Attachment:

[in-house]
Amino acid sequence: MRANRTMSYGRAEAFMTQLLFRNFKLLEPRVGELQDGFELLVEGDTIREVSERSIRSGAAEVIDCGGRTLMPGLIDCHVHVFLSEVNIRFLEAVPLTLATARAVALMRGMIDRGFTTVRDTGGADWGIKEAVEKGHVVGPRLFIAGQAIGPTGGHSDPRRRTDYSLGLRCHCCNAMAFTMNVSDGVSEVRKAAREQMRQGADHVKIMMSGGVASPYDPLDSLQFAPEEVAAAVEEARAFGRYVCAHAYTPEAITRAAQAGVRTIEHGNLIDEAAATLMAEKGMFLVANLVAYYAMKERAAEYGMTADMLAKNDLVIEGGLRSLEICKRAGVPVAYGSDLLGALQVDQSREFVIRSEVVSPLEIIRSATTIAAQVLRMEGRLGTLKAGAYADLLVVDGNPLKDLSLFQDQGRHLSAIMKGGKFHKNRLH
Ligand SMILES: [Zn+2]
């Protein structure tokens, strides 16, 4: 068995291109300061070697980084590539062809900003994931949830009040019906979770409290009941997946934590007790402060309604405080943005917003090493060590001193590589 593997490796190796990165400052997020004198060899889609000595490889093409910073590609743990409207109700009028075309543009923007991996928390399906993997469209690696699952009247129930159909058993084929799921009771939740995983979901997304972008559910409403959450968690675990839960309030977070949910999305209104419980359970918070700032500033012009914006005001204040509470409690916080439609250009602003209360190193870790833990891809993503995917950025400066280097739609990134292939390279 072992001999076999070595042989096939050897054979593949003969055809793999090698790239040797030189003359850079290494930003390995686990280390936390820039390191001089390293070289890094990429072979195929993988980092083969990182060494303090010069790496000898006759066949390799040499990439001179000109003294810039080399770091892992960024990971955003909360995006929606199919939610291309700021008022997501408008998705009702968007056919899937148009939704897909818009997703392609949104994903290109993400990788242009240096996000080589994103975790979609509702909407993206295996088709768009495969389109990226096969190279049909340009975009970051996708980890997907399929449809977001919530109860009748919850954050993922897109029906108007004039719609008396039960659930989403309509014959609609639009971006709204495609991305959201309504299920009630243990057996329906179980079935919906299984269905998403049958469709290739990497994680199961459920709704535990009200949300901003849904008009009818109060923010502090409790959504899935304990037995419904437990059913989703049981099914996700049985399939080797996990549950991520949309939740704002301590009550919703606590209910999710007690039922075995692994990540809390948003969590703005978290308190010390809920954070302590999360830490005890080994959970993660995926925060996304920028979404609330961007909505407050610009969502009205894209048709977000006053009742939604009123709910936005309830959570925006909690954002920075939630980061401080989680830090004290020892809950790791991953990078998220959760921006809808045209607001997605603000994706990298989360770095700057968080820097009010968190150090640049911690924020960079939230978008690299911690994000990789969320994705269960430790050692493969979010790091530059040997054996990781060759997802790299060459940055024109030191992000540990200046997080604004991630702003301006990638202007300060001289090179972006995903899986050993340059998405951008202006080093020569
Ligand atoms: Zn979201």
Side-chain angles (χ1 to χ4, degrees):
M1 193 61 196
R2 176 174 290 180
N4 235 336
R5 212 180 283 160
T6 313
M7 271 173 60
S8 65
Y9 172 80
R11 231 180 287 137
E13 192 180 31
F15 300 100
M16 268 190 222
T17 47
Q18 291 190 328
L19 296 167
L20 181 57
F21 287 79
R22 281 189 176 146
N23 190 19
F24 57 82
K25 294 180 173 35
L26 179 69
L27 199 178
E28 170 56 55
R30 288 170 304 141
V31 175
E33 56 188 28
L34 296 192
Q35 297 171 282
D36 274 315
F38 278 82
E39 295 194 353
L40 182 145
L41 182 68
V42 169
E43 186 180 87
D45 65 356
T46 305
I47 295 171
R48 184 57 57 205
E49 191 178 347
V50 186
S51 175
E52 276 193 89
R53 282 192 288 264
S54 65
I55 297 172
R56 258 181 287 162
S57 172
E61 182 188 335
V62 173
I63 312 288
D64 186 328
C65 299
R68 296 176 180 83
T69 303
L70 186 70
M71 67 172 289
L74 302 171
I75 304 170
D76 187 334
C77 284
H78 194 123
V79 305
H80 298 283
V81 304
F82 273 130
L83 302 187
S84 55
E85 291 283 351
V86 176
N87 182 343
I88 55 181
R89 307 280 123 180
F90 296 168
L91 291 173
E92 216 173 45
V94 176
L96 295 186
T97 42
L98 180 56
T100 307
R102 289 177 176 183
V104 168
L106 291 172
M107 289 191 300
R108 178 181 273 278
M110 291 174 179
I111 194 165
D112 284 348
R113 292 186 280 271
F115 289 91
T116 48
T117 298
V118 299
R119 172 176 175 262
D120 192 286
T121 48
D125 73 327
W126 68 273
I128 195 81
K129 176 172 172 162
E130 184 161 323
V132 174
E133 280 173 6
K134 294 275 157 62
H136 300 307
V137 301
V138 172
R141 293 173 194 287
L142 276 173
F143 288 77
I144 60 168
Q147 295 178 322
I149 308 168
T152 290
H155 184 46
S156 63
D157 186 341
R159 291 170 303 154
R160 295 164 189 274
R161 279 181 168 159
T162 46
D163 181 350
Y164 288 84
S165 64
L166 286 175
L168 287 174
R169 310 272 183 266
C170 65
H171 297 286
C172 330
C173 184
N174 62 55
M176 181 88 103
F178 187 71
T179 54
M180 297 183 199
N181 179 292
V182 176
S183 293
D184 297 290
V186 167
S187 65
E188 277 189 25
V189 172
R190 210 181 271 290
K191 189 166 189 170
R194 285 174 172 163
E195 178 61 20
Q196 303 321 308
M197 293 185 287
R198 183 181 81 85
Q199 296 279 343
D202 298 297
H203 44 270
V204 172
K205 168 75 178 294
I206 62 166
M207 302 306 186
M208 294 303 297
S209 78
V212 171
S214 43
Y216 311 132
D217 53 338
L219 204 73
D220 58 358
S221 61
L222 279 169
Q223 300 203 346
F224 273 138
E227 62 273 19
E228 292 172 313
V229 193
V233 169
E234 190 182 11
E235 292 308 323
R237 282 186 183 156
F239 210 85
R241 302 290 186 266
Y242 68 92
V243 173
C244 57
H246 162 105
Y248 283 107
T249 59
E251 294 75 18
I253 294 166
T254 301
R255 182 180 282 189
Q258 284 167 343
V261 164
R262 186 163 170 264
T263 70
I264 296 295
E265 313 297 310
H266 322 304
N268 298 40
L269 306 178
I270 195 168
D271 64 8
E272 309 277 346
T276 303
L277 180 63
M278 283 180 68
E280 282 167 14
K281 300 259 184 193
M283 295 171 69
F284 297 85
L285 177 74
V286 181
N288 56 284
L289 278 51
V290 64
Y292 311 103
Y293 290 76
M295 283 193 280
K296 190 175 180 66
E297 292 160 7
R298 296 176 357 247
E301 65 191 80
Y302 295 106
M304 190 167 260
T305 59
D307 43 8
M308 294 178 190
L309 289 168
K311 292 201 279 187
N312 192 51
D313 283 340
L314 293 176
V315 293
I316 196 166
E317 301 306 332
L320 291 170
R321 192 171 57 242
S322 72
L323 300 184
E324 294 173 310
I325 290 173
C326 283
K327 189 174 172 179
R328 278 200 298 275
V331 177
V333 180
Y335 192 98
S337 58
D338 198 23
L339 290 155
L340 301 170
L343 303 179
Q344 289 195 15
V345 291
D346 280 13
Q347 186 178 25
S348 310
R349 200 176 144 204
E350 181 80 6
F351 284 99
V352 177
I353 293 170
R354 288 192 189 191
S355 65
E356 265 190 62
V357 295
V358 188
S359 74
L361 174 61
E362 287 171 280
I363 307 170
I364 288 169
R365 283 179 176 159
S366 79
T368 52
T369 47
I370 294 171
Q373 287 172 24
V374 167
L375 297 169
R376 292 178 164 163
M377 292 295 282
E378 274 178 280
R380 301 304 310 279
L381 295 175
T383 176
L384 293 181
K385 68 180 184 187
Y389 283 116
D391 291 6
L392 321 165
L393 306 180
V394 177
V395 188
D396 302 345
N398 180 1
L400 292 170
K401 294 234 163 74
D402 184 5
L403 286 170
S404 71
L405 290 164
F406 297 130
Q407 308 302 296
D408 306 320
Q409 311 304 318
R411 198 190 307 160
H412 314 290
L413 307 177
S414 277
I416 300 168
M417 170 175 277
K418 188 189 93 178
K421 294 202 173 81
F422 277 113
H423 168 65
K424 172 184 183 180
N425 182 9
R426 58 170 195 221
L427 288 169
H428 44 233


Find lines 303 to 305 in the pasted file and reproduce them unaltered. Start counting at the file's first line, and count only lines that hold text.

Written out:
L400 292 170
K401 294 234 163 74
D402 184 5